Not all apps are restricted.
"Now I wonder how the people that wrote the apps feel about apple giving away their liecense? Sure you paid for a licesen for one device, but you didn't pay to use it on as many as you like. Thats called Piracy? Or maybe iPad owners will throw away their iPod or iPhone?"
Well, no, that's no the way iTunes licensing works. Unless specifically restricted anything you buy through iTunes is licensed against the account and the account can be registered for use on up to five machines at any one time (*not* five devices). Each of those computers can sync a number of devices (I don't know if there is a limit, but I haven't encountered one) and transfer any compatable stuff to the device.
So, you can own an iPod, iPhone and iPad and sync all of them with one machine (or each with seperate machines using the same account) and use all movies, TV programmes, applications, etc. with whichever devices support them.
So, *no*, this would not be piracy.
"Oh, and lets not forget, as every one seem to be doing.... that any one with a PC also has a library of apps and media they can use on a windows slate..... pirated or not..."
But that *would* be piracy (well, breach of licensing terms anyway) unless the license for the software specifically allows the use on more than one machine, which most commercial PC software does not allow by default in my experience. Granted, in practice most manufacturers don't make any serious attempt to restrict you from doing that and probably wouldn't persue you anyway, but if you're going to suggest that one system has an advantage over another you probably want to make sure which way around they are first.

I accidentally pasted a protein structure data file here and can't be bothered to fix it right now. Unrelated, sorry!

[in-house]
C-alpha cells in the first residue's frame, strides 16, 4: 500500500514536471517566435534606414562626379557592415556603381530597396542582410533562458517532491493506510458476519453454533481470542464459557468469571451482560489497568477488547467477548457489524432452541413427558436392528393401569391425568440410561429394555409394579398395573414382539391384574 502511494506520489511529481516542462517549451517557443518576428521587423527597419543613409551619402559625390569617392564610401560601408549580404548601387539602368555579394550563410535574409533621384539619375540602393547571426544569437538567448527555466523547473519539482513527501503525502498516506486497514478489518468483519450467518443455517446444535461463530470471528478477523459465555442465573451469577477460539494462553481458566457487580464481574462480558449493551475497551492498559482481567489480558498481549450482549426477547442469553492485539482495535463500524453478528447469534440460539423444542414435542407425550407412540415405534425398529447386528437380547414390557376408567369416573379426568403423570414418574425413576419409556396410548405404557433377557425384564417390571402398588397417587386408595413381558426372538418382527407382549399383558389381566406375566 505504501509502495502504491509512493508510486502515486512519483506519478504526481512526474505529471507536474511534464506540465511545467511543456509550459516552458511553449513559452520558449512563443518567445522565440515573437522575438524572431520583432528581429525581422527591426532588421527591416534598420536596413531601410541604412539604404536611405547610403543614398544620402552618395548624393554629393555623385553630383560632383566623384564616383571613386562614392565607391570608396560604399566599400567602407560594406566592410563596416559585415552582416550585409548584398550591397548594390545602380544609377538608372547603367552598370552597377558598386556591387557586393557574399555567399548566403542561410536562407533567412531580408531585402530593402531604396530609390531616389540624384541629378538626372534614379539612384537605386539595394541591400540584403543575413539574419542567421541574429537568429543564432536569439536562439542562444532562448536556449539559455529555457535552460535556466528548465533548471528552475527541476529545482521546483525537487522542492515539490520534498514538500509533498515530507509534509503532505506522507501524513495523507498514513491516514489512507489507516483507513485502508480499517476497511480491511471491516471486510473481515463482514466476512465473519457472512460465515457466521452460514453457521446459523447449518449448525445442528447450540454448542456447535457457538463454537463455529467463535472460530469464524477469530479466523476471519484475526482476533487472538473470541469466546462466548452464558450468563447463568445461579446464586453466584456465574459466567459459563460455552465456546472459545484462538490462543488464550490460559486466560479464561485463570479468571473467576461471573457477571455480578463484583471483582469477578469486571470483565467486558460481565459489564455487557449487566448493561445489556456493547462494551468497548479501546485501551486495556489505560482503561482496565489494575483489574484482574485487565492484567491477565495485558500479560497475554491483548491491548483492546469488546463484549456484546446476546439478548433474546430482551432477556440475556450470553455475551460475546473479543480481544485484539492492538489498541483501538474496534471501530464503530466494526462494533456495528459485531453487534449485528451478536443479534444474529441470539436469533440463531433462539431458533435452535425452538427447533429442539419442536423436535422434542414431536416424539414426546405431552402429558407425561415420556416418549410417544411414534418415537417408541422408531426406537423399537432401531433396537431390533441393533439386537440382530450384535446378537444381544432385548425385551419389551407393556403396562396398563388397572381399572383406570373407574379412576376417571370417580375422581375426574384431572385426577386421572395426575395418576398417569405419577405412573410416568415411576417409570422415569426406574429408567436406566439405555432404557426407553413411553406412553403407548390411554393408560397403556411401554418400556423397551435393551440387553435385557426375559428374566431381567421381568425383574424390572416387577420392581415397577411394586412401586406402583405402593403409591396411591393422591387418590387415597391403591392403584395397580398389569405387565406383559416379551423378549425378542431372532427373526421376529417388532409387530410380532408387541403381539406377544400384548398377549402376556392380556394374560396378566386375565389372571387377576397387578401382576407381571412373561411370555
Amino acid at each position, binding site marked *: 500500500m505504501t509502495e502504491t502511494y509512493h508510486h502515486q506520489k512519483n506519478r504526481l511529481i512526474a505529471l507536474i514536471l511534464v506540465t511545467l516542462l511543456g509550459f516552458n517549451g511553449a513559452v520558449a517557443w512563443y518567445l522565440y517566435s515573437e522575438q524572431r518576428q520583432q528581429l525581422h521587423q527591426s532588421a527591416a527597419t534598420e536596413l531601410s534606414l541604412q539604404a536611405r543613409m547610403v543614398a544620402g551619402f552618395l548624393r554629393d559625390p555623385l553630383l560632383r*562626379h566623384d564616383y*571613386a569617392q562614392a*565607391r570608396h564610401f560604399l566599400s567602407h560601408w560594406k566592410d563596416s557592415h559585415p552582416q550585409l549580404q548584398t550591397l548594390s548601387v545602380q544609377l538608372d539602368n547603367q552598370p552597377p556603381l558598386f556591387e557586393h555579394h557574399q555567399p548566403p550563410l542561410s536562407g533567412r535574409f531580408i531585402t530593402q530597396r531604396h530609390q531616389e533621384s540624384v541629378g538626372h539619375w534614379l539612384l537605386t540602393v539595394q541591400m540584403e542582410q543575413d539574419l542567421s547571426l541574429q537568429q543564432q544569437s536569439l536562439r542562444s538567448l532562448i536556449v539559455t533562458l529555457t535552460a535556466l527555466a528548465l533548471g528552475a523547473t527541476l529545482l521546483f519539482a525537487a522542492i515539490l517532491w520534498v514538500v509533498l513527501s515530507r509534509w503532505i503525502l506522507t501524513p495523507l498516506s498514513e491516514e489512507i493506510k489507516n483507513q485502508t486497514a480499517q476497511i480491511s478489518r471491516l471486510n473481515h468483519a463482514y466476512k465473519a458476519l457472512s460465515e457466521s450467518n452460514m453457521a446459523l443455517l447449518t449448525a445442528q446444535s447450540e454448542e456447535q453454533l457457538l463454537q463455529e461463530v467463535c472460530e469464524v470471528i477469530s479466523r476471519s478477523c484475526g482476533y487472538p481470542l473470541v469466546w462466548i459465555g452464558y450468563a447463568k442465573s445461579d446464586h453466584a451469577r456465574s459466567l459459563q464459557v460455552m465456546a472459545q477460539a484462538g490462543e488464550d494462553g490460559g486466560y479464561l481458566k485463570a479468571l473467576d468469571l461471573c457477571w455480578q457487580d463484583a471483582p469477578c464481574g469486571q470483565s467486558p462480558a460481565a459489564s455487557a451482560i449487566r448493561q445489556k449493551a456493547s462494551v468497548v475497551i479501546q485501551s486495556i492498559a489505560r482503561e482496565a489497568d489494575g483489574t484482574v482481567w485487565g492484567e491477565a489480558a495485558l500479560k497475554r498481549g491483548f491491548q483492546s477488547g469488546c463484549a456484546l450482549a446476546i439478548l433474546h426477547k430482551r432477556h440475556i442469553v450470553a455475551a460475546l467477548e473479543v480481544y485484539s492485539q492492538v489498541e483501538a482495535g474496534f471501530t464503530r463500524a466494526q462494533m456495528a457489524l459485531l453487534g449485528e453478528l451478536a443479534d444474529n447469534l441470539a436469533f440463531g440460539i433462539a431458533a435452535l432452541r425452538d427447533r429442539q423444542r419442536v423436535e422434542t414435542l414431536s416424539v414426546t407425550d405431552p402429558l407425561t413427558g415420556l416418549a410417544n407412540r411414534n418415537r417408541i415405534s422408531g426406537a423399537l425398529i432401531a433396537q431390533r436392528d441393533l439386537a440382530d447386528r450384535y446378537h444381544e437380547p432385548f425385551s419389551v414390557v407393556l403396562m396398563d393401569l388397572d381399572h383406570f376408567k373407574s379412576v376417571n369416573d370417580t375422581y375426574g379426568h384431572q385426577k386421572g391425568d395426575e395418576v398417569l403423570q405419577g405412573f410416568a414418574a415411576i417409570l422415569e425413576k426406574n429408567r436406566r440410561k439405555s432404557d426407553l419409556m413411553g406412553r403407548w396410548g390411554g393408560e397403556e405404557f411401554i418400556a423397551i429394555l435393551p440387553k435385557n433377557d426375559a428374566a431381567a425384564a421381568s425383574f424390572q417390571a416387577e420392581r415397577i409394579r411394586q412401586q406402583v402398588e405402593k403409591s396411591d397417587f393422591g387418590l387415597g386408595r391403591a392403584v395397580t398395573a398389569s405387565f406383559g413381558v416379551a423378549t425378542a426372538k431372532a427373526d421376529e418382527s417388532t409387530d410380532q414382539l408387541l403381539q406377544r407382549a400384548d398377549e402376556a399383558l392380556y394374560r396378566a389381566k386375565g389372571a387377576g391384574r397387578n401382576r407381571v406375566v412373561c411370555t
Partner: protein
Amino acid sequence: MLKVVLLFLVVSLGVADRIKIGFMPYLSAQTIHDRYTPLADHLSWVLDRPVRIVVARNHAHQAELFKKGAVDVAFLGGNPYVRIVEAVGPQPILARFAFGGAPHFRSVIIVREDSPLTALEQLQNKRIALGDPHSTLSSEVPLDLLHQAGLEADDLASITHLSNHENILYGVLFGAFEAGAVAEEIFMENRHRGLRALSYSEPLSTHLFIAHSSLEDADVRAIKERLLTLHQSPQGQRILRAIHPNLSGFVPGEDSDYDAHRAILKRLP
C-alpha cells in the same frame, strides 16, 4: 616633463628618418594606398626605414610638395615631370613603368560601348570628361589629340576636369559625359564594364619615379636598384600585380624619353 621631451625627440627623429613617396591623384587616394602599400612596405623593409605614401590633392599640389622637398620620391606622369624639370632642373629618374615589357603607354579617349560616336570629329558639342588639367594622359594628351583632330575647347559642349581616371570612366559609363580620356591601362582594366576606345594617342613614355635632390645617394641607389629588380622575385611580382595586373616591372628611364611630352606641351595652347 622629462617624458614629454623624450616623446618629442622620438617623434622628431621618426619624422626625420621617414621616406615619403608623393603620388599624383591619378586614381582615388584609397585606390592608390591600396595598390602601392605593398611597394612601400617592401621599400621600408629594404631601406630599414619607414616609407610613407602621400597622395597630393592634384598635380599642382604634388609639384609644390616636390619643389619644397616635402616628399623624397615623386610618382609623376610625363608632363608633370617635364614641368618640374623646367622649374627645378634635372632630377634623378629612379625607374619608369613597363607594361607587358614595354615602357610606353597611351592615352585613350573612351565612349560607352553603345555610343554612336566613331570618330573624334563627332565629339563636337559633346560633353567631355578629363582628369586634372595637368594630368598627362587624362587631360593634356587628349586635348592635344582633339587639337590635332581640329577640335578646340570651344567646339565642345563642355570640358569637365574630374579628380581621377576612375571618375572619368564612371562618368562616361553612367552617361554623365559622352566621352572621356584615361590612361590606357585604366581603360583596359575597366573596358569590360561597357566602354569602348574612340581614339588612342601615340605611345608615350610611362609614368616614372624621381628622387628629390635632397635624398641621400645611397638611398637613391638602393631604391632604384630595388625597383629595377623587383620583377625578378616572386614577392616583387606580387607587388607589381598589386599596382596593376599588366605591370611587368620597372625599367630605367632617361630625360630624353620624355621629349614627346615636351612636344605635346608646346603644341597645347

That said, you appear to have missed my point anyway, here it is in a plainer form:
Apple make money from every sale though the iTunes store (apps, movies, music, etc.). People who buy the iPad will almost certainly already have an iPod and/or an iPhone, so may well not purchase as much content for the iPad as they will already own it, thus reducing the after-sale revenue stream.
It's a bit like the VHS->DVD->Bluray thing. When people moved from VHS to DVD they bought DVD copies of stuff they already owned on VHS, but it's unlikely they will buy Bluray copies of anything they already own on DVD. If the hardware manufacturers were getting a cut of every disc sold you can bet your life that either they wouldn't be compatable or the hardware would be more expensive (probably both, in fact).